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Article: 534
From: Anthony Howe
Date: 2005-05-03 03:16:35 -0400
Subject: Re: new feature request

Removal...........: milters-request@milter.info?subject=remove
More information..: http://www.milter.info/#Support

Michael Elliott wrote:
>>However, auto white listing just the RCPT as a future sender of a reply 
>>would certainly be a worth while enhancement, but in the case of 
>>call-backs its problematic. You would have to auto white list the IPs of 
>>all the MXes of each RCPT domain in the off chance that they perform a 
>>Now consider the following example:
>>	MAIL FROM:<localuser@localmx.com>
>>	RCPT TO:<user@aol.com>
> Here is an easier method.  Double lookup.  When -k = MAIL:RCPT:IP.
> Greylist entries in the database are checked first as MAIL:RCPT:IP tuple, and
> then as MAIL:RCPT.  Any entry added to the database from a local user would 
> add the MAIL:RCPT:IP, and RCPT:MAIL as the auto whitelisting.

First this doesn't help. The local dial-up sender is already white 
listed by IP to send through the machine, so there is no need to grey 
list. But if you are white listing the reply containing an IP address, 
then (as I discussed already) you have to white list every MX of the 
reply, which is average of 2 IP addresses per domain, but could be as 
extreme as 18 IP address for a domain like aol.com. Plus you have do 
that per recipient. So if -k is MAIL:RCPT:IP and send:

	MAIL FROM:<localuser@localmx.com>
	RCPT TO:<user1@aol.com>
	RCPT TO:<user2@aol.com>
	RCPT TO:<user3@aol.com>

You'd have to white list 3x 18 entries. AND in the context of the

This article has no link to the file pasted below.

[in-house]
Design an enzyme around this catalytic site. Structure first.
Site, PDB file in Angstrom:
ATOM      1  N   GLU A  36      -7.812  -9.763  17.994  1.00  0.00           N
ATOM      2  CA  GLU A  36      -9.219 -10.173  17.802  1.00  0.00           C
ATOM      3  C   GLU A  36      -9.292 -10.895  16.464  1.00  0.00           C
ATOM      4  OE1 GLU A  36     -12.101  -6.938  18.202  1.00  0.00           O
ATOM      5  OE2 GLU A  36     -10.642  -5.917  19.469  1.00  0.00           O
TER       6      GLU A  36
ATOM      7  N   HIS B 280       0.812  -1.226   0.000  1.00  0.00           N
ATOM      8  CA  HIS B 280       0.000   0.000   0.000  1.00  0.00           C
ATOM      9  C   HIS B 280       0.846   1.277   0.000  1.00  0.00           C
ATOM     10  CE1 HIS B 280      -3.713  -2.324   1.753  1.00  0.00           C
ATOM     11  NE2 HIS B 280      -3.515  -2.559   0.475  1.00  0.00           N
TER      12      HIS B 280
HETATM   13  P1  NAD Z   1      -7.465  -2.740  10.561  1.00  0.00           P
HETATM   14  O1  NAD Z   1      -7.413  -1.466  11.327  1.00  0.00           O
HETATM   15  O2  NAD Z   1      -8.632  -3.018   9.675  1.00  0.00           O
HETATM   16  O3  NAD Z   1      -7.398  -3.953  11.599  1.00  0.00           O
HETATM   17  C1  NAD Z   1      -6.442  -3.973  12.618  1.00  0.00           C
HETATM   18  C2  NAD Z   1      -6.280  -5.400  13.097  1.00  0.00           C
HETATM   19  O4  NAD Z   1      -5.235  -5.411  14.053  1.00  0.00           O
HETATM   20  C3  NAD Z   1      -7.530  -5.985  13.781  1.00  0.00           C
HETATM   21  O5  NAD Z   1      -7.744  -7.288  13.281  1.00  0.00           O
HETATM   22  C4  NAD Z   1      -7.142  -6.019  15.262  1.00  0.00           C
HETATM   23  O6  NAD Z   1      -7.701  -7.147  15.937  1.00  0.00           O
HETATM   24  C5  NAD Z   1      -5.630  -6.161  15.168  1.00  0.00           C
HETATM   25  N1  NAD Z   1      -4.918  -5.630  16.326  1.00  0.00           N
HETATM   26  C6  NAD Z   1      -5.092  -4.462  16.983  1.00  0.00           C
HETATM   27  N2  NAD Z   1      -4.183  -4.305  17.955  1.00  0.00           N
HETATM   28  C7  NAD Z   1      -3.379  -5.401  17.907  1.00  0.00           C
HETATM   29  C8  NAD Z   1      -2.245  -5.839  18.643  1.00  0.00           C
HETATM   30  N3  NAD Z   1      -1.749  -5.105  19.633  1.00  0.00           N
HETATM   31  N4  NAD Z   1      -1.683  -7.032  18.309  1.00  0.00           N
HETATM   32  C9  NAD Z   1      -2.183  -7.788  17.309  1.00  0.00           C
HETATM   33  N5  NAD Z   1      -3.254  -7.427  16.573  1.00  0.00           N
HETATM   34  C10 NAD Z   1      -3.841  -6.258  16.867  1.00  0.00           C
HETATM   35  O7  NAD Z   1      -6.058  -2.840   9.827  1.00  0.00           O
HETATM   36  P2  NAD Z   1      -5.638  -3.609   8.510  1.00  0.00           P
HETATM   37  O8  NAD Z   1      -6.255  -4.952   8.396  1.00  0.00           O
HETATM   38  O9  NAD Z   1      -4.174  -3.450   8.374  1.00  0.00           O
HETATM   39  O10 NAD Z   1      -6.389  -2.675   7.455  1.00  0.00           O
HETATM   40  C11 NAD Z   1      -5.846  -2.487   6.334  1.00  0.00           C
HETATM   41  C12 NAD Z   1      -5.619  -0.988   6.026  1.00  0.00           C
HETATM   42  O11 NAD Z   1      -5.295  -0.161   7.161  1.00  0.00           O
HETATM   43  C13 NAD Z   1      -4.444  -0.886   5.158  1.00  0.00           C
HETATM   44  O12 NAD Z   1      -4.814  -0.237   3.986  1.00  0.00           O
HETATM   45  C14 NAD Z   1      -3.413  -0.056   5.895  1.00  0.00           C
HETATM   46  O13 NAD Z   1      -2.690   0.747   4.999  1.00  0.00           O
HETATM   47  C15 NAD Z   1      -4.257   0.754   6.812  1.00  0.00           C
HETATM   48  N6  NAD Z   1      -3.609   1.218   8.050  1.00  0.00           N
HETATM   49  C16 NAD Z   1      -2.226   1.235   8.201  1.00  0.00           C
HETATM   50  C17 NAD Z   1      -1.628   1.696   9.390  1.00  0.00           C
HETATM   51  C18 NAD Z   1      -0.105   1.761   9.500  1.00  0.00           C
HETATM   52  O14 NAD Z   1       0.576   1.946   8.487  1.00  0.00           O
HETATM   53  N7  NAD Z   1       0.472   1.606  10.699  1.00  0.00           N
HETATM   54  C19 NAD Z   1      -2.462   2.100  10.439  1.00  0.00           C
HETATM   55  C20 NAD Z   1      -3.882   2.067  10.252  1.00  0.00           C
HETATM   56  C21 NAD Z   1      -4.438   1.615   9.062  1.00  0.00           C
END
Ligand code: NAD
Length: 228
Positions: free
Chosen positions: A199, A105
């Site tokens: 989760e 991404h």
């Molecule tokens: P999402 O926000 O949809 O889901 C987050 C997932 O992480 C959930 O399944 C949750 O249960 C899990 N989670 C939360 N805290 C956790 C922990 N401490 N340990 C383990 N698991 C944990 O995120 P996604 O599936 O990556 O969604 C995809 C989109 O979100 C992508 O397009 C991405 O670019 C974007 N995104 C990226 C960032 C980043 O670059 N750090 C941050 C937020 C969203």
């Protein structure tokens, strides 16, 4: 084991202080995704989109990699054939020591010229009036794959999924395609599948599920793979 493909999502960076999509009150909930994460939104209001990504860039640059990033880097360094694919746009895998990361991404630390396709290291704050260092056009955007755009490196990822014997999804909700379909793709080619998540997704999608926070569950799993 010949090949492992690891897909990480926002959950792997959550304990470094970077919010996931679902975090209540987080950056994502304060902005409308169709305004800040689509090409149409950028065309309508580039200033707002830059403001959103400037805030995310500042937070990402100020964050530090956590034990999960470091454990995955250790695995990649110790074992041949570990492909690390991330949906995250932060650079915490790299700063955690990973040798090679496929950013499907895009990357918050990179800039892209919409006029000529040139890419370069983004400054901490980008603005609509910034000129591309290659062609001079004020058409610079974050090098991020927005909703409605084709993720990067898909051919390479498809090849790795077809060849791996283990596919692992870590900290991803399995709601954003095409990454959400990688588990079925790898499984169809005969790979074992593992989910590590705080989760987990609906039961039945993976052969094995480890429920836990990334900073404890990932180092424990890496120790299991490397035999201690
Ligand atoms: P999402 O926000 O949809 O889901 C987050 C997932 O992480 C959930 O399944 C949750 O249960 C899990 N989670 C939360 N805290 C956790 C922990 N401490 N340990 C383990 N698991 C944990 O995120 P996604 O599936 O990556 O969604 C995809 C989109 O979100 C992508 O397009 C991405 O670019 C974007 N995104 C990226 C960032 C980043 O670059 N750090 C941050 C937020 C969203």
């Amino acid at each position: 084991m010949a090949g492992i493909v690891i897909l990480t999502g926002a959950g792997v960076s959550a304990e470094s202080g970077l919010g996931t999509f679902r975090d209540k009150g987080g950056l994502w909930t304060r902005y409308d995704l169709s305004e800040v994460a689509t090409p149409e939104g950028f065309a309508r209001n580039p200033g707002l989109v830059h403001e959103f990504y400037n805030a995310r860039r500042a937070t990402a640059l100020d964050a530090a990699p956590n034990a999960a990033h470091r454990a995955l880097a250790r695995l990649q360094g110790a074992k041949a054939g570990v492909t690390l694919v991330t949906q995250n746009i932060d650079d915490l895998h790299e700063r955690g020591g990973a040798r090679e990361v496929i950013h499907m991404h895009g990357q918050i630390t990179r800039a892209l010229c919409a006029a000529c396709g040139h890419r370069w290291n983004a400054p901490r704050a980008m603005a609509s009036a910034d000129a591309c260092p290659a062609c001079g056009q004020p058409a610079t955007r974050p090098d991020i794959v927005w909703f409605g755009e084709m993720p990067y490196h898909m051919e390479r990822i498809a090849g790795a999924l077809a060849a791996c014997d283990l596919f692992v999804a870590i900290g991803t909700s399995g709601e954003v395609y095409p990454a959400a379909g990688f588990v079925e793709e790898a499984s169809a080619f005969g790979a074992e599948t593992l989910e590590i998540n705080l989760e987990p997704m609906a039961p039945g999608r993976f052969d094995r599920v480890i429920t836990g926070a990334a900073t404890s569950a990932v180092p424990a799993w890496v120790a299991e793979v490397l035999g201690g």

original issue concerning call-backs, you'd have you white list the 
possible call-back for a total of 4x 18 entries generated from one 
outbound message.

If I implement auto white listing, then I'd used a special tag to 
distinguish it from a grey list entry. For example AUTO:MAIL:RCPT, would 

This avoids the problems of multiple and multihomed MX machines, but is 
slightly weaker and could be abused by a virus or spammer.

However this does not help with call-backs (a la milter-sender) from the 
remote side.

> A more complicated version would be one that upgrades the RCPT:LOCAL to

Now that is more interesting idea for auto white listing, on the first 
reply, match AUTO:MAIL:RCPT and then upgrade to a regular IP:MAIL:RCPT 
(assuming -k ip,mail,rcpt).

Still doesn't help with call-backs.

> I personally had to turn down the database -k to only MAIL:RCPT months ago 
> because too many servers like gmail round robin their connections.

Yes. A known problem with grey-listing. You just lookup their MXes and 
white list all the gmail.com machines and carry on with a stronger key. 
Have you experimented with -k HELO,MAIL,RCPT. Hmmm. That just gave me an 

To address the call-back issue of the original question, instead of auto 
white listing the IP address, use a special variant -k HELO,MAIL only if 
the MAIL FROM:<>. Consider:

	MAIL FROM:<localuser@localmx.com>
	RCPT TO:<user1@aol.com>

Then add two white list entries without worrying about IP addresses 
AUTO:REPLY:LOCAL and AUTO:HELO-special:LOCAL. Then when a reply comes 
back, treat it in some fashion as discussed above, BUT if a call-back, 
DSN, or MDN comes in from MAIL FROM:<>, then using the HELO argument 
(this assumes you make HELO required in sendmail BTW with 
define(`confPRIVACY_FLAGS',`goaway')) do lookups for:


That could work very nicely. This assumes of course that the sending 
host is well behaved and uses a FQDN for their HELO argument as required 
by the RFCs, but its a better solution than none at all. It could still 
be abused by spammers or a mass-mailing worm, but it would require some 
clever guessing.


Anthony C Howe                                 +33 6 11 89 73 78
http://www.snert.com/       ICQ:
7116561         AIM: Sir Wumpus

in the mist of night / by the silent sea / a siren calls - Anthony

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